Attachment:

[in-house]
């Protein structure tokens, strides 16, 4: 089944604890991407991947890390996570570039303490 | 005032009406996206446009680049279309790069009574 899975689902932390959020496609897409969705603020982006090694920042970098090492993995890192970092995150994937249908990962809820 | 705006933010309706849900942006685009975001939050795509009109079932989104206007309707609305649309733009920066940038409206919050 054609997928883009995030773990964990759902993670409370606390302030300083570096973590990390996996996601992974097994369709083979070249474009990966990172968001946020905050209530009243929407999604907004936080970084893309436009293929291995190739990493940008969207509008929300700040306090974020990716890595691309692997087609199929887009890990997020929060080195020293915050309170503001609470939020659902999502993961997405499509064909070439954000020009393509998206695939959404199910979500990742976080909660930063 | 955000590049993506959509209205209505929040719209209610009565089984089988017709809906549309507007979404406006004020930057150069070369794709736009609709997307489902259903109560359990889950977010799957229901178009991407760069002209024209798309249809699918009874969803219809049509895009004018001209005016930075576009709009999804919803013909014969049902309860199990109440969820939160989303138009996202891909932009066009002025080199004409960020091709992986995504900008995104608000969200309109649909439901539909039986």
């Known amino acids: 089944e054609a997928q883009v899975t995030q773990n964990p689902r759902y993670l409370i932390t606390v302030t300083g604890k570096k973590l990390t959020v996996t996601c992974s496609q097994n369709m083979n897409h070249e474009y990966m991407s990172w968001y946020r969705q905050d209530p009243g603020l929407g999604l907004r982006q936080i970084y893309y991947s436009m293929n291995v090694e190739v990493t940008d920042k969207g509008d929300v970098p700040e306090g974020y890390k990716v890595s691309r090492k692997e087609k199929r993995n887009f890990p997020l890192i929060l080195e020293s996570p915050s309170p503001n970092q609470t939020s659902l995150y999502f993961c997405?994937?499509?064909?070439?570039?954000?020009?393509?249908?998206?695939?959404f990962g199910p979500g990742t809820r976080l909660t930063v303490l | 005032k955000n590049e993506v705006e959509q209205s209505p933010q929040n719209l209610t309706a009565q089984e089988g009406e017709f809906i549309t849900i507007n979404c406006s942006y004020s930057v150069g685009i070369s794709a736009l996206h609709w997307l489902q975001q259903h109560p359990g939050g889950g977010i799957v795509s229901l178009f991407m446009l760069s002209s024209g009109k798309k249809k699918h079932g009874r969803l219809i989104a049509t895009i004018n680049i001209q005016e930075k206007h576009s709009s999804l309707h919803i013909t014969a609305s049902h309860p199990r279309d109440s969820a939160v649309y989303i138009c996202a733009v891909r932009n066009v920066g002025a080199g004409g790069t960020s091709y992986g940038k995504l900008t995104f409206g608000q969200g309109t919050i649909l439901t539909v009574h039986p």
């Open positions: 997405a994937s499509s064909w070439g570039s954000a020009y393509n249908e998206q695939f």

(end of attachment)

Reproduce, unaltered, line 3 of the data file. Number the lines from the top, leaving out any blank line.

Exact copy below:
């Known amino acids: 089944e054609a997928q883009v899975t995030q773990n964990p689902r759902y993670l409370i932390t606390v302030t300083g604890k570096k973590l990390t959020v996996t996601c992974s496609q097994n369709m083979n897409h070249e474009y990966m991407s990172w968001y946020r969705q905050d209530p009243g603020l929407g999604l907004r982006q936080i970084y893309y991947s436009m293929n291995v090694e190739v990493t940008d920042k969207g509008d929300v970098p700040e306090g974020y890390k990716v890595s691309r090492k692997e087609k199929r993995n887009f890990p997020l890192i929060l080195e020293s996570p915050s309170p503001n970092q609470t939020s659902l995150y999502f993961c997405?994937?499509?064909?070439?570039?954000?020009?393509?249908?998206?695939?959404f990962g199910p979500g990742t809820r976080l909660t930063v303490l | 005032k955000n590049e993506v705006e959509q209205s209505p933010q929040n719209l209610t309706a009565q089984e089988g009406e017709f809906i549309t849900i507007n979404c406006s942006y004020s930057v150069g685009i070369s794709a736009l996206h609709w997307l489902q975001q259903h109560p359990g939050g889950g977010i799957v795509s229901l178009f991407m446009l760069s002209s024209g009109k798309k249809k699918h079932g009874r969803l219809i989104a049509t895009i004018n680049i001209q005016e930075k206007h576009s709009s999804l309707h919803i013909t014969a609305s049902h309860p199990r279309d109440s969820a939160v649309y989303i138009c996202a733009v891909r932009n066009v920066g002025a080199g004409g790069t960020s091709y992986g940038k995504l900008t995104f409206g608000q969200g309109t919050i649909l439901t539909v009574h039986p």